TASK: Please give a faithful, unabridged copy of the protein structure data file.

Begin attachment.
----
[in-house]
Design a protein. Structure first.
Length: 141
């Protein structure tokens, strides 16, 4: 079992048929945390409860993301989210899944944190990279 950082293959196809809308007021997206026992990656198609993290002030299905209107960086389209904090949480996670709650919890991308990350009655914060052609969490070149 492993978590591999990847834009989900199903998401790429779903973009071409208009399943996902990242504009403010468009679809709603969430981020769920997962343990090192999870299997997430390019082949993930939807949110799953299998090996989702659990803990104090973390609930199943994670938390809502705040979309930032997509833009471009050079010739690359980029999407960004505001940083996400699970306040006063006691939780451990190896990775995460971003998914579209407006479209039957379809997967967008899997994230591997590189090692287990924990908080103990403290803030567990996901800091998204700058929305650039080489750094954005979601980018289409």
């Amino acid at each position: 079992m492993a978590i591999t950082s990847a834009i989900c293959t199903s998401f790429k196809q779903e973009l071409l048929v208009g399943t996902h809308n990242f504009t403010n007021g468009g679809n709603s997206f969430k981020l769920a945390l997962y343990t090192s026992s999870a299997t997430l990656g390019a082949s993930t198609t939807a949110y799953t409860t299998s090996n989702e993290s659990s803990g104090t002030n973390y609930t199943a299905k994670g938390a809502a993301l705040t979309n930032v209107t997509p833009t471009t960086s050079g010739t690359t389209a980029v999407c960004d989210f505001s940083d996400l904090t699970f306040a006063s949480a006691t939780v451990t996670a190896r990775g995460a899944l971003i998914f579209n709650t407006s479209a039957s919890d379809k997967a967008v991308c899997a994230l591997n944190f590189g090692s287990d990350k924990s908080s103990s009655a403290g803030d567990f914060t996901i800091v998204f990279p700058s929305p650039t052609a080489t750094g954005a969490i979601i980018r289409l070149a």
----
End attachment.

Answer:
[in-house]
Design a protein. Structure first.
Length: 141
């Protein structure tokens, strides 16, 4: 079992048929945390409860993301989210899944944190990279 950082293959196809809308007021997206026992990656198609993290002030299905209107960086389209904090949480996670709650919890991308990350009655914060052609969490070149 492993978590591999990847834009989900199903998401790429779903973009071409208009399943996902990242504009403010468009679809709603969430981020769920997962343990090192999870299997997430390019082949993930939807949110799953299998090996989702659990803990104090973390609930199943994670938390809502705040979309930032997509833009471009050079010739690359980029999407960004505001940083996400699970306040006063006691939780451990190896990775995460971003998914579209407006479209039957379809997967967008899997994230591997590189090692287990924990908080103990403290803030567990996901800091998204700058929305650039080489750094954005979601980018289409």
């Amino acid at each position: 079992m492993a978590i591999t950082s990847a834009i989900c293959t199903s998401f790429k196809q779903e973009l071409l048929v208009g399943t996902h809308n990242f504009t403010n007021g468009g679809n709603s997206f969430k981020l769920a945390l997962y343990t090192s026992s999870a299997t997430l990656g390019a082949s993930t198609t939807a949110y799953t409860t299998s090996n989702e993290s659990s803990g104090t002030n973390y609930t199943a299905k994670g938390a809502a993301l705040t979309n930032v209107t997509p833009t471009t960086s050079g010739t690359t389209a980029v999407c960004d989210f505001s940083d996400l904090t699970f306040a006063s949480a006691t939780v451990t996670a190896r990775g995460a899944l971003i998914f579209n709650t407006s479209a039957s919890d379809k997967a967008v991308c899997a994230l591997n944190f590189g090692s287990d990350k924990s908080s103990s009655a403290g803030d567990f914060t996901i800091v998204f990279p700058s929305p650039t052609a080489t750094g954005a969490i979601i980018r289409l070149a």